Ali Baba Name Change?
We drove by Ali Baba in North Cambridge last night and I noticed that a sign in the window had some name like "Anna Something or Other," but it still said Ali Baba on the side of the place.
Anyone know what's going on there?
I dunno, I too saw the name change. But no matter how hard they try to pretend they're a brand new restaurant, their constant name changes will not fool me into returning to the site of one of the worst meals of my life (um, eggplant is supposed to be *cooked*). As they say, fool me once, shame on you. Fool me twice...
I ain't gonna be no two-times-fool.
Annapurna, that is. I was walking past so I checked out the new menu. They are advertising themselves as "Cuisine of the Himalayas offering a taste of Nepal, India, and Tibet." The new menu still has a bunch of Afghan dishes, too.
Their website is http://annapurna2088.com/ . (The 2088 comes from their street address: 2088 Massachusetts Ave.)
Ok, I repent! It really IS a wholly different restaurant, under different ownership. And from the Globe review, it looks very tasty. I may not be no two-times fool, but I will overcome my bad associations with that particular geographical location and go give Annapurna a real try. We'll report back!
I gotta say, though, retaining those Afghan dishes on the menu when it's really a different restaurant and owner altogether is pretty confusing. Though, I enjoyed the few times I grabbed takeout from Buzkashi, er, Ali Baba - everything I ever had there was very tasty.
What's interesting is that it is very difficult to find all of these interesting Nepali dishes in Nepal itself - even in Kathmandu you are overwhelmed by Western cuisine catering to the tourists, and out in the mountains you're unlikely to find anything other than plain dal bhat or simple soups. So interesting that we can eat better Nepali food in the US than you can typically find in Nepal!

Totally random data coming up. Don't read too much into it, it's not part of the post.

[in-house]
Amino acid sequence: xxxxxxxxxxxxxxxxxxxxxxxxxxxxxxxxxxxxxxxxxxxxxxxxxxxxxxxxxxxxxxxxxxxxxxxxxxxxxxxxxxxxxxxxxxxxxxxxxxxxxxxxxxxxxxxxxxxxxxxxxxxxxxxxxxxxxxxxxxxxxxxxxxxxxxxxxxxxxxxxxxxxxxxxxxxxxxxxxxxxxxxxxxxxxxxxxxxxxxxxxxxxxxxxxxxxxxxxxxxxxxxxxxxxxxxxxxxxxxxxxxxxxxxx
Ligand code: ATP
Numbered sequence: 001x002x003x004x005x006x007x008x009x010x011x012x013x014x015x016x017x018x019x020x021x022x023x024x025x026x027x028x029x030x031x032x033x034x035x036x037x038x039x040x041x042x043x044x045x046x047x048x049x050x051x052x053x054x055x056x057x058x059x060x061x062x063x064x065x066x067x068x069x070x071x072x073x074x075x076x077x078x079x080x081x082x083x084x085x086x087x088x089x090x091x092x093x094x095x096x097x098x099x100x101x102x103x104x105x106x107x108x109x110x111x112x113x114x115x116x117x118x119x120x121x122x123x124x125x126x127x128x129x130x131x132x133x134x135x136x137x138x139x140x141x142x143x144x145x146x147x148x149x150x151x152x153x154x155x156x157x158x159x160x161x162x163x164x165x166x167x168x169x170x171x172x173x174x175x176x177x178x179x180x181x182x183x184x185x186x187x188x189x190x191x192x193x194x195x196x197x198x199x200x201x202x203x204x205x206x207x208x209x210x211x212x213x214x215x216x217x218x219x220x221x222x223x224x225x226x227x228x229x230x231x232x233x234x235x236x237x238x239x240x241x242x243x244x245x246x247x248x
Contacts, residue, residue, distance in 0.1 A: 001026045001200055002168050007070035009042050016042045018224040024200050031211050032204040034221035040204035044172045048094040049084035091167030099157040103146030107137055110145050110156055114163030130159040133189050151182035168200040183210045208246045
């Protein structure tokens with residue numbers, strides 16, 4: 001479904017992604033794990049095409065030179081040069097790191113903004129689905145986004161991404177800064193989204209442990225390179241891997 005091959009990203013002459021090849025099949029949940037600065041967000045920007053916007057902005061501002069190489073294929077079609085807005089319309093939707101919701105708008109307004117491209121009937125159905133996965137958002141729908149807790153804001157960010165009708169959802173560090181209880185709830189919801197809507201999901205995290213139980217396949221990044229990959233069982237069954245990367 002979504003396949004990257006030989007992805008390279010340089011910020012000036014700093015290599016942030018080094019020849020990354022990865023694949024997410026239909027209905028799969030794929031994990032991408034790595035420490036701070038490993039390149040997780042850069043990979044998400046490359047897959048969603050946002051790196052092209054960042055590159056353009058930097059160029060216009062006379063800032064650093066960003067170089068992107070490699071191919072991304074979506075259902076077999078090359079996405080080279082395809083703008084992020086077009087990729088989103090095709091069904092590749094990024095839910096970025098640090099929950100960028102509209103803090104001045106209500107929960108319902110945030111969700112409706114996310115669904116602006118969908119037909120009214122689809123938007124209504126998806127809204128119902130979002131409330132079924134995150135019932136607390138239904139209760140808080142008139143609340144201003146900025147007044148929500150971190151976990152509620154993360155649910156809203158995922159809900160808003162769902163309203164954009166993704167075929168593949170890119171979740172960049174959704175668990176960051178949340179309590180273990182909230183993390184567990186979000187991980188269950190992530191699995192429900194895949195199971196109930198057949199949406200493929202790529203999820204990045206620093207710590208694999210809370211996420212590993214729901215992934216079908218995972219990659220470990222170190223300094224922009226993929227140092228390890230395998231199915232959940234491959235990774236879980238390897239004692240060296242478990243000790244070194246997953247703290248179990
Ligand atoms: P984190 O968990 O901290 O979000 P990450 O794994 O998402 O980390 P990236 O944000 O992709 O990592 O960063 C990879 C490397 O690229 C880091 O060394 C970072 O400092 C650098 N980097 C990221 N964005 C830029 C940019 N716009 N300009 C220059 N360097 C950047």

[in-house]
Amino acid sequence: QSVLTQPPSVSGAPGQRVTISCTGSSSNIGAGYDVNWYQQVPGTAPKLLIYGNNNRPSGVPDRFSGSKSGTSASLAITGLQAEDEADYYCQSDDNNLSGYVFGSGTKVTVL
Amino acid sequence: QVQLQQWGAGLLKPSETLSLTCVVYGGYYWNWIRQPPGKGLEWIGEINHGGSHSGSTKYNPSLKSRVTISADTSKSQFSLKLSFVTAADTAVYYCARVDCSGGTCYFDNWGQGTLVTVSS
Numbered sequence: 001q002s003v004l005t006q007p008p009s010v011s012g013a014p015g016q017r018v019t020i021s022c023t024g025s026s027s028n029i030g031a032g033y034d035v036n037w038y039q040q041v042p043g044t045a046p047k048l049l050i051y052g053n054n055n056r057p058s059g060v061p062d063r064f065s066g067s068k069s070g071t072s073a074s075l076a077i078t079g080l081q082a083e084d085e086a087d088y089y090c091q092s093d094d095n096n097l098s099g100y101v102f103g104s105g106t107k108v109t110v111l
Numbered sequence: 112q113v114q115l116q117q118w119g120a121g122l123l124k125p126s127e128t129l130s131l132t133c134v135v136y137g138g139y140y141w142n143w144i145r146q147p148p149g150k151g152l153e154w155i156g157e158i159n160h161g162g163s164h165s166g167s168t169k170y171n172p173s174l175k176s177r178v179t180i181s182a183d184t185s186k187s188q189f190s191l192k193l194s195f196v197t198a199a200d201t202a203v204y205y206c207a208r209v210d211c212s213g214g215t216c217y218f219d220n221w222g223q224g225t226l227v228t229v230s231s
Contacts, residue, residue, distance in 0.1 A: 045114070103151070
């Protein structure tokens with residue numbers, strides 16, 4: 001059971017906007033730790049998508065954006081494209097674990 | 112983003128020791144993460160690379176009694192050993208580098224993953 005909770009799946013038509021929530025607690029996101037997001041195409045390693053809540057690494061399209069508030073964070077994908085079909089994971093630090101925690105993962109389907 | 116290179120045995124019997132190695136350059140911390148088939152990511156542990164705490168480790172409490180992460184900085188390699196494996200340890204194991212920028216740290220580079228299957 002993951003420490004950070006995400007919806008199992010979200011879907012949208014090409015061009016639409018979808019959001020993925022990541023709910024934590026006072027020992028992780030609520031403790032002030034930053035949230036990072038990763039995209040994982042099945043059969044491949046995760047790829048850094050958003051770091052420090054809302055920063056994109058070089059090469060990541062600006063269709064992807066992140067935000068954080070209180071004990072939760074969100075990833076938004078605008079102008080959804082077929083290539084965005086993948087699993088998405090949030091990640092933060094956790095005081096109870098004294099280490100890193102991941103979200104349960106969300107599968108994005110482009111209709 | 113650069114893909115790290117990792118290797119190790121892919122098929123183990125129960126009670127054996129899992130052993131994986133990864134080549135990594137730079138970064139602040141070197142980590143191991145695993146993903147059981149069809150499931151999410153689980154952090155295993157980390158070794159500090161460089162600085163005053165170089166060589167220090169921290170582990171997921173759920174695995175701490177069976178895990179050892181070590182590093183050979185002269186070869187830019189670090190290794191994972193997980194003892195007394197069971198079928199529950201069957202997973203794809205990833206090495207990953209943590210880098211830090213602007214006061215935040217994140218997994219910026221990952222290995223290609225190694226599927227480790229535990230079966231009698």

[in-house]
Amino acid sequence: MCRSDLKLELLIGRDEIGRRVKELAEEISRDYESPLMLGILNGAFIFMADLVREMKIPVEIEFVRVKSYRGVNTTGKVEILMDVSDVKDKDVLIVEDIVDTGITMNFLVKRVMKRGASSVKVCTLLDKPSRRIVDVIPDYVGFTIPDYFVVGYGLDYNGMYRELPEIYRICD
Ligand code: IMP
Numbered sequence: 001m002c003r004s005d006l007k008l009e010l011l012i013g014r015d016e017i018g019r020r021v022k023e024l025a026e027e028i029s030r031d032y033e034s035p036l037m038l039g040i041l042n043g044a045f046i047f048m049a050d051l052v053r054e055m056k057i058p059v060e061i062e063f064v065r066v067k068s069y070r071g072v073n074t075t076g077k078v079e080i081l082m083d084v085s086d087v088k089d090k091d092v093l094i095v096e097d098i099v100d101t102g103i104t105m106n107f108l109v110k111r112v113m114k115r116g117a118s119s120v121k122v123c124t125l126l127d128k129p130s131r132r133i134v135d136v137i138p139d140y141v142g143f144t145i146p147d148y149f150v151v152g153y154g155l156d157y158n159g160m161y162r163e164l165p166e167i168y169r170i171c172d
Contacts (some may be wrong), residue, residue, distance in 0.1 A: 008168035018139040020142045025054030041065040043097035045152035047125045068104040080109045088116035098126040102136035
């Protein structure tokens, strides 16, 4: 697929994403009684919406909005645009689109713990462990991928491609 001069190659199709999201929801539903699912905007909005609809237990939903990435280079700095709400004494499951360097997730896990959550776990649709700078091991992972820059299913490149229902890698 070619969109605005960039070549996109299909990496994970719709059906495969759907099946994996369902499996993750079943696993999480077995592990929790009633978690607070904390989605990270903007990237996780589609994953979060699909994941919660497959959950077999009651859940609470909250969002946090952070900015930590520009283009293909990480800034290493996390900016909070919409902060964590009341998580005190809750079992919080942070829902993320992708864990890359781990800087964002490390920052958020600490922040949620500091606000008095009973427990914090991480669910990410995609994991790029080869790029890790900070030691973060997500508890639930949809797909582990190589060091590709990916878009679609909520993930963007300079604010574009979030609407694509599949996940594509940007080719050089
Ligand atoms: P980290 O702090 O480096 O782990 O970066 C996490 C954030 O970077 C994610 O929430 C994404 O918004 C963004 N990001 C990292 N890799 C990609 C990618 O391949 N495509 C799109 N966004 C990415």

Interesting. I had walked past the place dismissively also, and the fact that some of the decor (those weird ocean-blue photographs that were hung in the windows) hadn't changed, I'd assumed it was the same place. I guess the first hint should have been the fact the restaurant was full last Friday night.
The owner is also collecting signatures for a petition for a liquor license. Will have to go investigate some time soon.
We made it over to Annapurna last night and had a lovely meal. It was difficult to get over the sense memory of our horrible Buzkashi meal there several years ago -- I wish the Annapurna folks had repainted or something (that bright yellow isn't a friendly dining color). But despite my hesitation, we had a really tasty experience.
The complimentary lentil soup is a good way to start. The flatbread is decent, but not as good as Helmand's (it's the same style), and comes with sauces as you'd get with a samosa (coriander chutney, tamarind chutney, and onion relish).